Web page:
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Portable Roaring bitmaps in C (and C++) with full support for your favorite compiler (GNU GCC, LLVM's clang, Visual Studio). Included in the Awesome C list of open source C software.


Bitsets, also called bitmaps, are commonly used as fast data structures. Unfortunately, they can use too much memory. To compensate, we often use compressed bitmaps.

Roaring bitmaps are compressed bitmaps which tend to outperform conventional compressed bitmaps such as WAH, EWAH or Concise. They are used by several major systems such as Apache Lucene and derivative systems such as Solr and Elasticsearch, Metamarkets' Druid, LinkedIn Pinot, Netflix Atlas, Apache Spark, OpenSearchServer, Cloud Torrent, Whoosh, InfluxDB, Pilosa, Bleve, Microsoft Visual Studio Team Services (VSTS), and eBay's Apache Kylin. The CRoaring library is used in several systems such as Apache Doris. The YouTube SQL Engine, Google Procella, uses Roaring bitmaps for indexing.

We published a peer-reviewed article on the design and evaluation of this library:

  • Roaring Bitmaps: Implementation of an Optimized Software Library, Software: Practice and Experience 48 (4), 2018 arXiv:1709.07821

Roaring bitmaps are found to work well in many important applications:

Use Roaring for bitmap compression whenever possible. Do not use other bitmap compression methods (Wang et al., SIGMOD 2017)

There is a serialized format specification for interoperability between implementations:


The primary goal of the CRoaring is to provide a high performance low-level implementation that fully take advantage of the latest hardware. Roaring bitmaps are already available on a variety of platform through Java, Go, Rust... implementations. CRoaring is a library that seeks to achieve superior performance by staying close to the latest hardware.

(c) 2016-... The CRoaring authors.


  • The library should build on a Linux-like operating system (including MacOS).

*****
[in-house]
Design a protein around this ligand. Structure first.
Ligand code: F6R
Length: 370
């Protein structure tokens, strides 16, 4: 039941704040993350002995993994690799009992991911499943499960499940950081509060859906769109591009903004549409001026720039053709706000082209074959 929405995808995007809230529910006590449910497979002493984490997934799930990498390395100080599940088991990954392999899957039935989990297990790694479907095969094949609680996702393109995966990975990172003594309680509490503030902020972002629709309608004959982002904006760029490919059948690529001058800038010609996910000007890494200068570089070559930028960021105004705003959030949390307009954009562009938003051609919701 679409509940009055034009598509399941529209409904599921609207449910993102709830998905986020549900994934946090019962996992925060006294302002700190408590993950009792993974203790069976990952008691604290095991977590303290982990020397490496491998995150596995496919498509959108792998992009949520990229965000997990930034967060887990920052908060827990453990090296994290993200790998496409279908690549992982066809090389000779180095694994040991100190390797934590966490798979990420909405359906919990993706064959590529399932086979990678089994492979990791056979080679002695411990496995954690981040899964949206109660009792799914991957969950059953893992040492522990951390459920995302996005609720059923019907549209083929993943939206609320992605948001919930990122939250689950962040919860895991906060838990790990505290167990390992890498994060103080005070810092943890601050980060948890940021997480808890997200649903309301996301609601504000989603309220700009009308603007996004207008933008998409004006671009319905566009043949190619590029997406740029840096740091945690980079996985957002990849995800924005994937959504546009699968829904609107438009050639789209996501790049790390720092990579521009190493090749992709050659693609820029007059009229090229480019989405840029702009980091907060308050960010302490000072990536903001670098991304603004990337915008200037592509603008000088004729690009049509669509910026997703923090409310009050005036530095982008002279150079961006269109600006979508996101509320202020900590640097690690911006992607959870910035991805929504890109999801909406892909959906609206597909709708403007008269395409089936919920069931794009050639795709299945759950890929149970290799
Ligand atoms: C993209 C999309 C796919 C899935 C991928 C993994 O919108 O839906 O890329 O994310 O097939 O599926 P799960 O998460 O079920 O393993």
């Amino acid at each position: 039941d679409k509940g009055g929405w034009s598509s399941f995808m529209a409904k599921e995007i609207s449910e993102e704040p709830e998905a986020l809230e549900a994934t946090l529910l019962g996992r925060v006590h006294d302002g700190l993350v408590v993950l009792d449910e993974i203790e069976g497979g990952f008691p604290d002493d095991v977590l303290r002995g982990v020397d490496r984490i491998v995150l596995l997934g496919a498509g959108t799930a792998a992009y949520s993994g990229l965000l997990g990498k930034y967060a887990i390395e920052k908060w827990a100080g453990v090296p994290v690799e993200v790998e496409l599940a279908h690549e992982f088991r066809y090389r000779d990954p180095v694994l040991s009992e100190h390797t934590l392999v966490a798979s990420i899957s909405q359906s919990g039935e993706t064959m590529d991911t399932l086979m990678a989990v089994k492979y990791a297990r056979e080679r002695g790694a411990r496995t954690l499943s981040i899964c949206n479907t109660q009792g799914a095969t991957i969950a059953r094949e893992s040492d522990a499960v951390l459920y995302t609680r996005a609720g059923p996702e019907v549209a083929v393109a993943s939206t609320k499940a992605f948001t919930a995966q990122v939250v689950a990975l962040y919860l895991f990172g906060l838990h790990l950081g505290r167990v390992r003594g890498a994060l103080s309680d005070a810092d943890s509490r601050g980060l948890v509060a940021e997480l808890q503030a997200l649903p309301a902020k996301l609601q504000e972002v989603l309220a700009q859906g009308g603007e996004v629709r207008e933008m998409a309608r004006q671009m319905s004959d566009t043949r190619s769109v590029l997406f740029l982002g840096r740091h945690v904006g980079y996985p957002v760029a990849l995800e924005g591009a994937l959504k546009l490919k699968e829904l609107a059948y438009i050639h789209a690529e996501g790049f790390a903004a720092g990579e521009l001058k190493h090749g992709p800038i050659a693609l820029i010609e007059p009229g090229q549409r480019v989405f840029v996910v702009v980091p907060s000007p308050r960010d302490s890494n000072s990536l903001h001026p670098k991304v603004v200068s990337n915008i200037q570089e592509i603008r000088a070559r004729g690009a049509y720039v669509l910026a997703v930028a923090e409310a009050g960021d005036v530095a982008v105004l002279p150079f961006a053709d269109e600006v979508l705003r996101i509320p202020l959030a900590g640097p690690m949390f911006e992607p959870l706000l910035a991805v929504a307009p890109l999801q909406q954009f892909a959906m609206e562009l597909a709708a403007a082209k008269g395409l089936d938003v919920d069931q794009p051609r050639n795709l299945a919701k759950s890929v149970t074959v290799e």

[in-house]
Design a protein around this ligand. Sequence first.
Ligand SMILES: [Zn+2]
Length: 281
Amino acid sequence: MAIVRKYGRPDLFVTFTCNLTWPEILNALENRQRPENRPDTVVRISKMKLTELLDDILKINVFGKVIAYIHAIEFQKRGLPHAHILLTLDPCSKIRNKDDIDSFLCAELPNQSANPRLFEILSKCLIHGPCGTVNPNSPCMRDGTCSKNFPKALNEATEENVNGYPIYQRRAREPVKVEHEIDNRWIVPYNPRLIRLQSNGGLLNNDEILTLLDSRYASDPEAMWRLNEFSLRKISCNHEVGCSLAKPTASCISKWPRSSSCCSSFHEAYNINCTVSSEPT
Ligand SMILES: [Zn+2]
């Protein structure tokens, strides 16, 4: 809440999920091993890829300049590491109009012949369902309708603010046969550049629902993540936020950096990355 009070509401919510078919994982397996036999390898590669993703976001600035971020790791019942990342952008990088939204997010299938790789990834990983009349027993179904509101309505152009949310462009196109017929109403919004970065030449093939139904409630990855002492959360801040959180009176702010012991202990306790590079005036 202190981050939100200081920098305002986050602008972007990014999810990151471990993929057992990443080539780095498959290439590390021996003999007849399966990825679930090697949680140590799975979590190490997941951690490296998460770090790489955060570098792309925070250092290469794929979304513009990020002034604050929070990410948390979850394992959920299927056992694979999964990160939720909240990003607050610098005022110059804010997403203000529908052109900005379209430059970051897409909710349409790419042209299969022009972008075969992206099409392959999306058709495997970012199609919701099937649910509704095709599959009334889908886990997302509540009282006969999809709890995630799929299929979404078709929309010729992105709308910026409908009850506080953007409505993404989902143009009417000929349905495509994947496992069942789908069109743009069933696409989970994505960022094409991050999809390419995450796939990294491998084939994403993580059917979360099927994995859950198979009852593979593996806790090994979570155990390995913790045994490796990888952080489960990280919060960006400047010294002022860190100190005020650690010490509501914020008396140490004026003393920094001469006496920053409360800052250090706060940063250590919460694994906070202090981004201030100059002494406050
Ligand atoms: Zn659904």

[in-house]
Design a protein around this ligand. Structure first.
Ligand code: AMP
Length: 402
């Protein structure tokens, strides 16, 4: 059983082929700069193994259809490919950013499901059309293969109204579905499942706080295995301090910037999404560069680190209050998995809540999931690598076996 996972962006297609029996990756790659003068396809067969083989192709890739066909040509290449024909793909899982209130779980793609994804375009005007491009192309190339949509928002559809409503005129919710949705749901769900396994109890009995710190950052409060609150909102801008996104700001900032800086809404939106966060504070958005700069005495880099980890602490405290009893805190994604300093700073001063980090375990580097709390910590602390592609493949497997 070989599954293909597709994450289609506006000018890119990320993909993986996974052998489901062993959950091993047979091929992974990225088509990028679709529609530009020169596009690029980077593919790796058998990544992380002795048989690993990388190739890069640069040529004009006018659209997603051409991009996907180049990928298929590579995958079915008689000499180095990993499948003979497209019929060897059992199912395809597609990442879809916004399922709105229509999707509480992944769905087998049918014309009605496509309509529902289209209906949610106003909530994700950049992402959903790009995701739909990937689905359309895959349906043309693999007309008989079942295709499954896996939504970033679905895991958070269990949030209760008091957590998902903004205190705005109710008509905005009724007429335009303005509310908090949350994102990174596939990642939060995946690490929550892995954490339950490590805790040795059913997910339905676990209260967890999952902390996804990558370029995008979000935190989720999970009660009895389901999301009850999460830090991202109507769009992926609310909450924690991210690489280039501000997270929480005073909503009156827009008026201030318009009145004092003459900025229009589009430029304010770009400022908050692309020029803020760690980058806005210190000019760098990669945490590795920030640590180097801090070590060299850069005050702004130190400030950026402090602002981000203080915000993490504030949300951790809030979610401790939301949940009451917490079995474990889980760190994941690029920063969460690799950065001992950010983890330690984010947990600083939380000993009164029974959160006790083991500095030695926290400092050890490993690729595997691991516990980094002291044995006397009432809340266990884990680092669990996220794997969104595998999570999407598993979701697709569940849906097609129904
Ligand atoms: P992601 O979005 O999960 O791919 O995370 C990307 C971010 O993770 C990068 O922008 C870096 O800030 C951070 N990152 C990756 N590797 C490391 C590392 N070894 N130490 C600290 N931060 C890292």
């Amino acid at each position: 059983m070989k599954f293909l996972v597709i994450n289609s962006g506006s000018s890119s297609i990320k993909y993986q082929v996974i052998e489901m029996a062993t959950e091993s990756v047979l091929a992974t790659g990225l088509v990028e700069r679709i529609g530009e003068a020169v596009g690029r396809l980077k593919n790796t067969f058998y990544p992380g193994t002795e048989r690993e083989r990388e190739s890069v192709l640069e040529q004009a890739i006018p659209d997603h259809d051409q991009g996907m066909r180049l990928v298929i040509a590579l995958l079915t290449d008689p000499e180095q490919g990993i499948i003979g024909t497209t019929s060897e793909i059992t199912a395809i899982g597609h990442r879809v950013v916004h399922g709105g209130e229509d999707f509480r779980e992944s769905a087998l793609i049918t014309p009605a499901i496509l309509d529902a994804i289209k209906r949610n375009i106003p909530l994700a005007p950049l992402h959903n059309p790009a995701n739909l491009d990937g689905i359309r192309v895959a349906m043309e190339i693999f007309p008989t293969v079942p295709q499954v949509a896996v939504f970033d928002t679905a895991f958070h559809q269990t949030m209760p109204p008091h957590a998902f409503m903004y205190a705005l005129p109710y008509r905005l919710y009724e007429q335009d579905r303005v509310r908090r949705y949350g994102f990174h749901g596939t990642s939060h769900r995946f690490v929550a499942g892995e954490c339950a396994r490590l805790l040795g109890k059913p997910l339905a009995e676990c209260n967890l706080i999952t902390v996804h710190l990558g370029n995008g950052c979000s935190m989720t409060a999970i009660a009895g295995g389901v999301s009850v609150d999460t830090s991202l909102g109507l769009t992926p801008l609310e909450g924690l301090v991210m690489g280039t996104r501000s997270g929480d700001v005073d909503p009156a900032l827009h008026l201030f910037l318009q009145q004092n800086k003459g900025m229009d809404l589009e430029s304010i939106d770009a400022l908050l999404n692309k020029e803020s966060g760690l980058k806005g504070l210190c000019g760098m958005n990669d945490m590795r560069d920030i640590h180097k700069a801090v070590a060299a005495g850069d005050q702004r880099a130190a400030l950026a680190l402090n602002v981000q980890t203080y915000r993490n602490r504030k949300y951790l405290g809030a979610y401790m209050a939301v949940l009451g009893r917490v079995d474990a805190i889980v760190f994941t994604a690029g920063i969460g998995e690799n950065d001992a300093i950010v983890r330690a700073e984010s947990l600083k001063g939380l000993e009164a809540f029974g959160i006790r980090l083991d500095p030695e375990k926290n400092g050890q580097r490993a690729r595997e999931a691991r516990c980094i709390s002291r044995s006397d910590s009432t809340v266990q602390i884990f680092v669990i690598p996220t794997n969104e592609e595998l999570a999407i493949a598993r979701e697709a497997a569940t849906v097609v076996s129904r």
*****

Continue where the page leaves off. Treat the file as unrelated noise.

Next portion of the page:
• We also support Microsoft Visual studio.
  • Though most reasonable processors should be supported, we expect a recent Intel processor: Haswell (2013) or better but support all x64/x86 processors. The library builds without problem on ARM processors.
  • Recent C compiler supporting the C11 standard (GCC 4.8 or better or clang), there is also an optional C++ class that requires a C++ compiler supporting the C++11 standard.
  • CMake (to contribute to the project, users can rely on amalgamation/unity builds).
  • clang-format (optional).

Serialization on big endian hardware may not be compatible with serialization on little endian hardware.

Using a CMake subdirectory

If you like CMake, you can just drop CRoaring in your project as a subdirectory and get going. See our demonstration for further details.

Amalgamation/Unity Build

The CRoaring library can be amalgamated into a single source file that makes it easier for integration into other projects. Moreover, by making it possible to compile all the critical code into one compilation unit, it can improve the performance. For the rationale, please see the SQLite documentation,, or the corresponding Wikipedia entry ( Users who choose this route, do not need to rely on CRoaring's build system (based on CMake).

We maintain pre-generated amalgamated files at for your convenience.

To generate the amalgamated files yourself, you can invoke a bash script...


(Bash shells are standard under Linux and macOS. Bash shells are available under Windows as part of the  GitHub Desktop under the name Git Shell. So if you have cloned the CRoaring GitHub repository from within the GitHub Desktop, you can right-click on CRoaring, select Git Shell and then enter the above commands.)

It is not necessary to invoke the script in the CRoaring directory. You can invoke it from any directory where you want the amalgamation files to be written.

It will generate three files for C users: roaring.h, roaring.c and amalgamation_demo.c... as well as some brief instructions. The amalgamation_demo.c file is a short example, whereas roaring.h and roaring.c are "amalgamated" files (including all source and header files for the project). This means that you can simply copy the files roaring.h and roaring.c into your project and be ready to go! No need to produce a library! See the amalgamation_demo.c file.

For example, you can use the C code as follows:

#include <stdio.h>
#include "roaring.c"
int main() {
  roaring_bitmap_t *r1 = roaring_bitmap_create();
  for (uint32_t i = 100; i < 1000; i++) roaring_bitmap_add(r1, i);
  printf("cardinality = %d\n", (int) roaring_bitmap_get_cardinality(r1));
  return 0;

The script will also generate C++ files for C++ users, including an example. You can use the C++ as follows.

#include <iostream>
#include "roaring.hh"
#include "roaring.c"
int main() {
  Roaring r1;
  for (uint32_t i = 100; i < 1000; i++) {
  std::cout << "cardinality = " << r1.cardinality() << std::endl;